A cat magician, a large hippo (appears as a melon shopper, an athlete, a construction foreman, museum watchman), two bear policemen

Episodal structure:
A two and a half minute short precludes the main portion of the credits, followed by five or six minutes of running gags on a theme. For example,

Episode One (1969):

The Wolf appears on a street corner, kicks a small trash can with a malicious grin. He then espies the Bunny tending to his flowers on an apartment balcony, and envisions a roast bunny dinner. The Wolf tosses a rope to the building roof and begins to climb up, whistling happily. The Bunny, who is trimming his plants with a pair of scissors, notices the rope and snips it. The Wolf falls down, into the sidecar of a police motorcycle.

As he is carried away, he yells out "Nu, pogodi!" the title of the cartoon series, meaning, more or less, 'Just you wait!' or 'I'll get you yet!'

Credits (I'll list these at the end)

The Wolf, now in pink flowered trunks, heads to the beach, where he tries to get the Bunny with a fish gun (shoots a small triton, not sure what they're actually called), nearly drowns, is rescued by a pair of beaver-naval types, steals their boat, attempts to run down the Bunny who is happily back paddling, runs the boat across the beach, up the road, then reaches the top of a hill and slides back down to the water.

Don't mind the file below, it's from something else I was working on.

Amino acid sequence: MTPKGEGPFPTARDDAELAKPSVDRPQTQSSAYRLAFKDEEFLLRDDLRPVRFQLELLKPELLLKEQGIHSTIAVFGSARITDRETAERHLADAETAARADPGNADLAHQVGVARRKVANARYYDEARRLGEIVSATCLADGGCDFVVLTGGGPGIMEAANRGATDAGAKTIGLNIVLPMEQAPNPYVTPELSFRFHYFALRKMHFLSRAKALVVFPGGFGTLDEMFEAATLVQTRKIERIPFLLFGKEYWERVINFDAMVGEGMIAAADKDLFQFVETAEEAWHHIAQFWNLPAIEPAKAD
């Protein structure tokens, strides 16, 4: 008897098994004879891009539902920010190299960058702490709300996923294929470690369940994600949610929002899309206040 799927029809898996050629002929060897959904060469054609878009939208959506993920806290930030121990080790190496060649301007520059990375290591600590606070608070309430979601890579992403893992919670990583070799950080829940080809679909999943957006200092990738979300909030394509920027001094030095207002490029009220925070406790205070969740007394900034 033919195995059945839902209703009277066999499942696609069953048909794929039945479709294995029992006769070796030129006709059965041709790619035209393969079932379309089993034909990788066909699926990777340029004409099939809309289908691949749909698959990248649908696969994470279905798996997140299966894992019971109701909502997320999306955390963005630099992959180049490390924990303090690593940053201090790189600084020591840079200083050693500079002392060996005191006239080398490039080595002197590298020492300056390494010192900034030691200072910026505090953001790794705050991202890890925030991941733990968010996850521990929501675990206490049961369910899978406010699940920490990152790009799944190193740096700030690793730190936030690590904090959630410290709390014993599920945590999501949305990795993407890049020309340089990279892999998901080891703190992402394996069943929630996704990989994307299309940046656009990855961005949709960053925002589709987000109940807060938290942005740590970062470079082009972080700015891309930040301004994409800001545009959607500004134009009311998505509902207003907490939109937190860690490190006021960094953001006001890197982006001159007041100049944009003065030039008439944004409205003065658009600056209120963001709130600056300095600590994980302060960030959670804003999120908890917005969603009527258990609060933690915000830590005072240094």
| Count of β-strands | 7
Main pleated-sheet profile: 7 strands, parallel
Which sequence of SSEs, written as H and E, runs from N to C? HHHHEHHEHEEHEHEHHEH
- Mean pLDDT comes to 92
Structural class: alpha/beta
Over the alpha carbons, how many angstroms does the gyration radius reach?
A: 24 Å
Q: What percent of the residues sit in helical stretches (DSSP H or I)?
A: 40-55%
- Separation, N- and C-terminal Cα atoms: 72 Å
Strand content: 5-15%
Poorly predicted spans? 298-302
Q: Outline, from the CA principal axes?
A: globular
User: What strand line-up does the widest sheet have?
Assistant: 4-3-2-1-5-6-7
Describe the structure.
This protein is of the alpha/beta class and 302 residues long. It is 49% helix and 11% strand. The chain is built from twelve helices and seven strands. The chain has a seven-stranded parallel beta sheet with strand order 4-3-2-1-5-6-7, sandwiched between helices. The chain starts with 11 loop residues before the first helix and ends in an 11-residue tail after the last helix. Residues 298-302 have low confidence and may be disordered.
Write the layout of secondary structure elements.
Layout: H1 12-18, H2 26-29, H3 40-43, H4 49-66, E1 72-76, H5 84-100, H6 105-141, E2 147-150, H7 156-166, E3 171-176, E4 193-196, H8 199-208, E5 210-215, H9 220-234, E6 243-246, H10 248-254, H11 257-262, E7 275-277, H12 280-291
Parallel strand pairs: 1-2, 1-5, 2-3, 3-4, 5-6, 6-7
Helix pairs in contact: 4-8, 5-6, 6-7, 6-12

Again he spots the Bunny, now sunbathing beneath a tree. The Wolf climbs the tree and attempts to lower a rope and snare the Bunny. He is thwarted by the Bunny tossing up cherry pits into his face, falls into his own rope and hangs for a minute before falling onto a family of hedgehogs who've moved into the spot suddenly vacated by the Bunny. Next are some hijinks on the diving high board, and finally the perfect situation for the Wolf appears. The Bunny is sitting alone on the end of the pier. The Wolf comes up behind him. The Bunny giggles, the Wolf begins to growl -- the Bunny, suddenly frightened, tosses the water-ski rope handle he's holding onto the Wolf, who is dragged away across the water, again yelling 'Nu pogodi!'